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Randomized Trial Of Two Or Five Computed Tomography Scans In The Surveillance Of Patients With Stage I Nonseminomatous Germ Cell Tumors Of The Testis

August 05, 2017

UroToday- Select patients with stage I non-seminomatous germ cell tumors without lymphovascular invasion and with a low percentage of embryonal carcinoma are commonly followed expectantly due to their low incidence of recurrence. In most institutions, recommendations for surveillance include monthly history and physical examinations, serum tumor markers, and CXR and five abdominopelvic CT scans in the first year. Some have suggested that this intensive schedule may expose patients to high levels of radiation at a high financial cost.

In the April 10th issue of the JCO, Rustin and colleagues report on a Medical Research Council randomized trial designed to evaluate the difference in tumor surveillance between two or five CT scans in the surveillance of patients with stage I mixed germ cell tumors.

Over 400 patients with stage I mixed germ cell tumors who opted for surveillance were randomized into 2 groups: (1) chest and abdominal CT scan at 3 and 12 months, and (2) chest and abdominal CT scans at 3, 6, 9, 12, and 24 months. Patients were seen at the same time intervals for serum tumor markers and physical examinations.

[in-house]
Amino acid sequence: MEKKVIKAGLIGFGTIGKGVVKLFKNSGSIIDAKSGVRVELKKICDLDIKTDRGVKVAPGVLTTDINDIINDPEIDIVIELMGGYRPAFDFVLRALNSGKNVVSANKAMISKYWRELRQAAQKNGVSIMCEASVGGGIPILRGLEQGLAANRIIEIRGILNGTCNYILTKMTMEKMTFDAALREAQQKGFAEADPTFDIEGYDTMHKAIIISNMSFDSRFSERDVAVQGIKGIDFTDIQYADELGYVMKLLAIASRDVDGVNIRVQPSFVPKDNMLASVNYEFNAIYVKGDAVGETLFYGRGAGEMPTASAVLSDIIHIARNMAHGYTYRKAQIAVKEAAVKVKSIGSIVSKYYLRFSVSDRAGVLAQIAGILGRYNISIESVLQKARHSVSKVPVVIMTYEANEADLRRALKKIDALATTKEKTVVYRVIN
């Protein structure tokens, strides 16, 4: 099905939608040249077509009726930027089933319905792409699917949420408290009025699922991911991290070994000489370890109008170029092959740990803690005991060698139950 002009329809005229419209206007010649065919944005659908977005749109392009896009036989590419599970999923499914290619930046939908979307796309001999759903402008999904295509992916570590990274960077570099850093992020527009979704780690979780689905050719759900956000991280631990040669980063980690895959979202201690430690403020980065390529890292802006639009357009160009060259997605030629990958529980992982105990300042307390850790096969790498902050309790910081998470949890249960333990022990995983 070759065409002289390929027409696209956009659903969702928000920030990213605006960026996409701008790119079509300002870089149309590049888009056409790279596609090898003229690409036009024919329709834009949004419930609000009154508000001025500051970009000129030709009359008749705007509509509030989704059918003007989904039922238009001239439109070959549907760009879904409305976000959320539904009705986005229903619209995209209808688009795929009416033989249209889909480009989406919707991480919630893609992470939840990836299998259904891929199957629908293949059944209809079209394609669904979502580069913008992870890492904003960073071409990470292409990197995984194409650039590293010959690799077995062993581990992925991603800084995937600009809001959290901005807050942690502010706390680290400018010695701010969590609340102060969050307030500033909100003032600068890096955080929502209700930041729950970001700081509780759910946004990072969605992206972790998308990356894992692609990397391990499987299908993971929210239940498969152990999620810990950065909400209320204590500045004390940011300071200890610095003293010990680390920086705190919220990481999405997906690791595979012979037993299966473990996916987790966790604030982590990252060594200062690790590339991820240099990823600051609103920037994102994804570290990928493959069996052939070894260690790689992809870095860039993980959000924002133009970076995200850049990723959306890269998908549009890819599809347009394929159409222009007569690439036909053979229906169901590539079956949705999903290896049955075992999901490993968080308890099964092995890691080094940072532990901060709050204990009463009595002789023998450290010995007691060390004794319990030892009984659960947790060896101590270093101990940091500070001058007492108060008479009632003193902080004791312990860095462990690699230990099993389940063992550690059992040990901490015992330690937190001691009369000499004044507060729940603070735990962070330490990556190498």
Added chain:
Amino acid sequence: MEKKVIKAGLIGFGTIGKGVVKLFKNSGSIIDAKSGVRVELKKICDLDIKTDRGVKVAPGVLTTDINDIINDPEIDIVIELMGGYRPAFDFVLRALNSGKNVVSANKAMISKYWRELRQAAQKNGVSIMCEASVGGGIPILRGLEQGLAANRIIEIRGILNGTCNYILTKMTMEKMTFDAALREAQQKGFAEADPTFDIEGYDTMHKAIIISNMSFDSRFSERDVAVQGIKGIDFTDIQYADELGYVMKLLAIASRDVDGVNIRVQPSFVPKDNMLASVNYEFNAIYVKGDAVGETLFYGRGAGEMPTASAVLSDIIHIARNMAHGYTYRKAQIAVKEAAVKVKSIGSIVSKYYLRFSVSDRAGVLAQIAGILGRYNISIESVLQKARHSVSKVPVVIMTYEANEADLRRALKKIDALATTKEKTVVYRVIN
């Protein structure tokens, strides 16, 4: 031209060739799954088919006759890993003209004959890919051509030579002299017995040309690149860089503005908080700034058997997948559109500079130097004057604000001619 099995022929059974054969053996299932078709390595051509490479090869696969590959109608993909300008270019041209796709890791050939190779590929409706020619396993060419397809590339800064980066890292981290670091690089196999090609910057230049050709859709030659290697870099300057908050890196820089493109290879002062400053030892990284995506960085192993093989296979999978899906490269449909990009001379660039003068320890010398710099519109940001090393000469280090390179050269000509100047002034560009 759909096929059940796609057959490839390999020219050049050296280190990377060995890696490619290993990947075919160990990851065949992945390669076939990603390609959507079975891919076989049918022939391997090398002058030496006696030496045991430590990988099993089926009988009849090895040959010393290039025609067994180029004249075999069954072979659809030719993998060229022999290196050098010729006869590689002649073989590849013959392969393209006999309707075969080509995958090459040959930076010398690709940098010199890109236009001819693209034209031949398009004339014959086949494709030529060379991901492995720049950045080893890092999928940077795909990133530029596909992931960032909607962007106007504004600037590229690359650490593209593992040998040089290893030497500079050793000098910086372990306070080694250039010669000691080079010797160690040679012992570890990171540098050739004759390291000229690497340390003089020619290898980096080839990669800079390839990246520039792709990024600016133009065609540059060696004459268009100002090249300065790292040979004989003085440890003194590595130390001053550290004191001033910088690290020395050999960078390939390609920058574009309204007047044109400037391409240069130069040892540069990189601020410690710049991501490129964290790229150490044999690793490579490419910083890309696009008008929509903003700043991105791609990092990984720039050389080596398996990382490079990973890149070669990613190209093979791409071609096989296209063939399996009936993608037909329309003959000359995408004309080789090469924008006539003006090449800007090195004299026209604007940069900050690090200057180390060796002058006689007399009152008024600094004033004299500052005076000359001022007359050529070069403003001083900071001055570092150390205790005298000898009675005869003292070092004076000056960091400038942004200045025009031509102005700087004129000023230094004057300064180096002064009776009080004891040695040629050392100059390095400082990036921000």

After a median follow-up of 40 months, recurrences were identified in 15% of patients in the 2 scan group (37/247) and 20% of patients in the 5 scan group (33/167). No patients recurred with high-risk disease, and only 3 patients recurred with intermediate risk disease (2 in the two-scan group and 1 in the 5-scan group). No patients died of disease.

These data from a randomized trial suggest that patients with low-risk stage I testicular tumors who choose surveillance are not at an increased risk of developing high-risk recurrences if CT scans are only performed twice in the first year. However, perhaps the sensitivity of surveillance may be maximized (and radiation exposure minimized) if chest radiographs are performed instead of chest CT scans, allowing for abdominopelvic CT scans to be performed more frequently than twice a year.

Gordon J. Rustin, Graham M. Mead, Sally P. Stenning, Paul A. Vasey, Nina Aass, Robert A. Huddart, Michael P. Sokal, Jonathan K. Joffe, Stephen J. Harland, and Sarah J. Kirk

J Clin Oncol. 2007 Apr 10; 25(11):1310-5
Reviewed by UroToday Contributing Editor Ricardo F. Sánchez-Ortiz, MD

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